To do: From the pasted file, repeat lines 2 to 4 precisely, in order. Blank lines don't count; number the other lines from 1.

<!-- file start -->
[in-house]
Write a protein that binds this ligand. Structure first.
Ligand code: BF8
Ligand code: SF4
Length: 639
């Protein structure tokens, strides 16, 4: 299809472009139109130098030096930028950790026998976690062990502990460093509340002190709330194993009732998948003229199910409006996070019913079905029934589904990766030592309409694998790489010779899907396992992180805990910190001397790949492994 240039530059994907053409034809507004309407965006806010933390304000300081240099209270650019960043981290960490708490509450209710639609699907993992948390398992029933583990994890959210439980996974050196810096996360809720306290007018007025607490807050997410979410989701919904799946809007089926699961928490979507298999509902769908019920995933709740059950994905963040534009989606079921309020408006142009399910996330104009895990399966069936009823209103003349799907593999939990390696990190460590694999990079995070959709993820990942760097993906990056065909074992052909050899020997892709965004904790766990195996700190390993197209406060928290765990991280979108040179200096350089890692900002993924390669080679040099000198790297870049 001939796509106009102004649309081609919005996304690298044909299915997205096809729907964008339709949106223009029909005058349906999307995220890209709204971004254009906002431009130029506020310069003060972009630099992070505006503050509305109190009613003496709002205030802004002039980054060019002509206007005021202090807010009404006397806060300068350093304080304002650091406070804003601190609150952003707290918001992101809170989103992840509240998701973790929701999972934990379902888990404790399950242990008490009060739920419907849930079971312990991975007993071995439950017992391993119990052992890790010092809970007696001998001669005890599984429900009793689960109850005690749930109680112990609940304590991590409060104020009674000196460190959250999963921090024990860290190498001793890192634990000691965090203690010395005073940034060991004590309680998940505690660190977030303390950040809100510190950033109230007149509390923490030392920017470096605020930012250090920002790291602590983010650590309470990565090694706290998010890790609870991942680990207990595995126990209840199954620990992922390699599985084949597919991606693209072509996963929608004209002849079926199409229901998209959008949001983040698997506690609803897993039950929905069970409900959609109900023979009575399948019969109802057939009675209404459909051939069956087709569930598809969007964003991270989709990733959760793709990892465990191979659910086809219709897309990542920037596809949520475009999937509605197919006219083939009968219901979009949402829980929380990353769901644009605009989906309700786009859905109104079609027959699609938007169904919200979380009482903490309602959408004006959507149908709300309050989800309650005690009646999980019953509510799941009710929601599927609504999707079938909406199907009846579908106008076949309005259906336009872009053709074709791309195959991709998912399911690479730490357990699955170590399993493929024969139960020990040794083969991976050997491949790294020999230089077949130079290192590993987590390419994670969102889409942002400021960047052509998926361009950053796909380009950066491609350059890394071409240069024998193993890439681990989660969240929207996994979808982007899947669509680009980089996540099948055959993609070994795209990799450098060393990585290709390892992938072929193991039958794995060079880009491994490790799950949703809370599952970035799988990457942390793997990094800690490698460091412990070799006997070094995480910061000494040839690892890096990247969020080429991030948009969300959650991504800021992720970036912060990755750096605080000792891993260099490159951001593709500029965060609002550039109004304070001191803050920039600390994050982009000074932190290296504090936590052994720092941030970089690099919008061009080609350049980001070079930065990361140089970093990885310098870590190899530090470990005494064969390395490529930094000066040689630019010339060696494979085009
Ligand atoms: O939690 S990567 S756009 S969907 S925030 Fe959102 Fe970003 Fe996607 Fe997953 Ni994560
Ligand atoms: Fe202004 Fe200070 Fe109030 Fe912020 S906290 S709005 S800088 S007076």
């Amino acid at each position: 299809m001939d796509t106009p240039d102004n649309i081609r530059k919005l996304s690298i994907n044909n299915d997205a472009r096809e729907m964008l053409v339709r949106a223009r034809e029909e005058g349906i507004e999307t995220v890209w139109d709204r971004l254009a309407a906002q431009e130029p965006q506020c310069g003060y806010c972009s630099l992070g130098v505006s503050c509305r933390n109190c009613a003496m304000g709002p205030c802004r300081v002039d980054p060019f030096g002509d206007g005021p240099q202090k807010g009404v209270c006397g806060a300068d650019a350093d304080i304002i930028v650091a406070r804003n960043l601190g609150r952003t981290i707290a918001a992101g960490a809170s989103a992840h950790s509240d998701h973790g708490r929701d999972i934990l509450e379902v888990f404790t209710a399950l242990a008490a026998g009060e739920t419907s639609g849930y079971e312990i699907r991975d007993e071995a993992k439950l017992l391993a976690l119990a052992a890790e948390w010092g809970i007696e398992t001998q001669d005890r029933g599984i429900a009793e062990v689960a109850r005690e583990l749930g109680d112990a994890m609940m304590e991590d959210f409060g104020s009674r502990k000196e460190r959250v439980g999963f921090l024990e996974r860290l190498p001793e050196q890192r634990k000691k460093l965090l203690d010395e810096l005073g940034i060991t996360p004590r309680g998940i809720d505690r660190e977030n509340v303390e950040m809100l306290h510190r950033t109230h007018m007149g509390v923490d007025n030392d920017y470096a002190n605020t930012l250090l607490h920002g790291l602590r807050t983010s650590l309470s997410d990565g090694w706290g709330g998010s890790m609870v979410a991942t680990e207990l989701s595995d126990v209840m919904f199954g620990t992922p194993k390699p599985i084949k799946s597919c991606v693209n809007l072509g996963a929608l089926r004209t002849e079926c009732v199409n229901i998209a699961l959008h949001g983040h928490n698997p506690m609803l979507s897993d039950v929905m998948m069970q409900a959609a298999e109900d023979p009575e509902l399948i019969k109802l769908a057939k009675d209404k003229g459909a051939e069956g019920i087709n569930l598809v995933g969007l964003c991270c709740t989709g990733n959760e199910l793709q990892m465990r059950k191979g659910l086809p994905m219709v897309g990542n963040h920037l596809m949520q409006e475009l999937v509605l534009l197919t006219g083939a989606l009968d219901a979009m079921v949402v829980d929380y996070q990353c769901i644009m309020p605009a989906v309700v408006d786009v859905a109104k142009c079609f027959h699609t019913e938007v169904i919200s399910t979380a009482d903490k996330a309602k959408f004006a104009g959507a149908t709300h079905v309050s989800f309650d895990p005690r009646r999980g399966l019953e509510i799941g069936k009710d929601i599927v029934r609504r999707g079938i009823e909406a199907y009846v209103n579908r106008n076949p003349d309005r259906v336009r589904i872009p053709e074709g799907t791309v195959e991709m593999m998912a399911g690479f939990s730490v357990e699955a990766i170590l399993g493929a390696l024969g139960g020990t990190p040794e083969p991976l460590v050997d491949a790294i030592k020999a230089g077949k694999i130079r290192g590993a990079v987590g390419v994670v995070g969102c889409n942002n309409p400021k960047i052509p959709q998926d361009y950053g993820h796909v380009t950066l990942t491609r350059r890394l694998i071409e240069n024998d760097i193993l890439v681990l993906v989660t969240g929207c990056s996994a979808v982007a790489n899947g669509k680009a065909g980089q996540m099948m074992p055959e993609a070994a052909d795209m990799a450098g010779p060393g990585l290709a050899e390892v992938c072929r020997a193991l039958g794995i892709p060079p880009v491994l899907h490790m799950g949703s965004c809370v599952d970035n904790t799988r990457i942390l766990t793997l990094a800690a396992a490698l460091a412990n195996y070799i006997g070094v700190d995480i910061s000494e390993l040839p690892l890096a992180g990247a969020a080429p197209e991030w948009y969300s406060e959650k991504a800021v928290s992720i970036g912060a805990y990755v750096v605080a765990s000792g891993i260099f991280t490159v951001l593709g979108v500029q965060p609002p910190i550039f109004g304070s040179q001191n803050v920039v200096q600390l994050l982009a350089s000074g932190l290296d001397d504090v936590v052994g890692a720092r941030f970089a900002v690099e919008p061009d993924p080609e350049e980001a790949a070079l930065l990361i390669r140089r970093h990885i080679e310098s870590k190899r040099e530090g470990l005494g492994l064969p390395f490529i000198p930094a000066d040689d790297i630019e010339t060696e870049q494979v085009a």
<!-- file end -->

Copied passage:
Write a protein that binds this ligand. Structure first.
Ligand code: BF8
Ligand code: SF4